In the hopes of minimizing such "drag," the researchers are investigating more effective data-compression techniques. "We need to find a way to get a high-speed calculation [of translucent objects] because we want to use the algorithm in very large datasets, such as the Visible Human, where the estimation of presence information will be huge," says Wan.
In order to attain interactive rates, the accelerated raycasting algorithm is run in parallel on multiprocessors. Currently, the re searchers are implementing it on an SGI Power Challenge, which is a bus-based shared-memory MIMD (Multiple Instruction, Multiple Data) machine with 16 processors.
The reliance on high-performance computing is both an advantage and disadvantage of software-based volume rendering. On the plus side, it provides the power and speed to get the job done. Unfortunately, the expense of such technology is prohibitive for many applications. Because of this, says Kaufman, "we're taking [the algorithm] to the next level of moving it into hardware acceleration." For the SUNY researchers, that means linking it to the next generation of their CUBE architecture, from which Mitsubishi's VolumePro technology was born.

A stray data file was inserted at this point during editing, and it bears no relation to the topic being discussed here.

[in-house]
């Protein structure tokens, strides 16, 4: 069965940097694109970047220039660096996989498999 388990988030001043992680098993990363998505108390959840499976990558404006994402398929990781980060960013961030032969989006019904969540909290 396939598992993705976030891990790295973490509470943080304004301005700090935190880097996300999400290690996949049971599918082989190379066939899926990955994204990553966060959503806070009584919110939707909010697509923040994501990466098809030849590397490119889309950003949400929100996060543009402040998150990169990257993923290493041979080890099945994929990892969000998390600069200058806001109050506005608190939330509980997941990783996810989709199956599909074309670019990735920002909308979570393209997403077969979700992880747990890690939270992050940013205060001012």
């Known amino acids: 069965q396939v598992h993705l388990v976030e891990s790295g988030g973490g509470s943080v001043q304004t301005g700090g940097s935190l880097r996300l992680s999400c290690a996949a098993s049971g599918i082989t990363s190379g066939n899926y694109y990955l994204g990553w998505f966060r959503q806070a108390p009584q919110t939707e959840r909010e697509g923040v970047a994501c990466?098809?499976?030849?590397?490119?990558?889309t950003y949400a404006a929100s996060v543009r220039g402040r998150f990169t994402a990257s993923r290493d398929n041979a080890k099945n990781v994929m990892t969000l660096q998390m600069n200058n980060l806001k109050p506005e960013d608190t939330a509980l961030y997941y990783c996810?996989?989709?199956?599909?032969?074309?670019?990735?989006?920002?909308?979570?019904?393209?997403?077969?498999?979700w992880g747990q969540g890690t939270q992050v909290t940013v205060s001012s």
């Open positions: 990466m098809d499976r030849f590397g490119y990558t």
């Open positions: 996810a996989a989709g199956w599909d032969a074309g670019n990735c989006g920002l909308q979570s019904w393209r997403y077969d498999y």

Also on the R&D agenda are plans to develop improved techniques for achieving perspective projections. While the current algorithm provides adequate support for perspective viewing, says Wan, "we want a faster, less complicated approach. We want to make the volumes more useful for virtual-reality applications, which require real-time interaction with accurate [high level-of-detail] perspective views."
Not unlike the graphics revolution of the late '70s, when the use of discreet raster graphics supplanted continuous vectors, another major change is on the horizon, says Kaufman. "The discreet representation of information by voxels is beginning to replace continuous surface representation with polygons. The process will be more of an evolution than a revolution, but it is going to happen."
The impact of such a transformation, Kaufman believes, will be felt across application areas. "Medical imaging is an obvious one, but we're also seeing people in many other areas, such as oil and gas exploration, entertainment, and even airport security, express interest in the technology," he says. "Imagine that instead of taking X-rays of luggage at the airport, CT machines will scan each piece and instantly construct volumetric models of the suitcases and their contents. The operator will be able to manipulate the view and change the translucency to get a better look. The sky is the limit for what we'll be able to achieve." Diana Phillips Mahoney is chief technology editor of Computer Graphics World.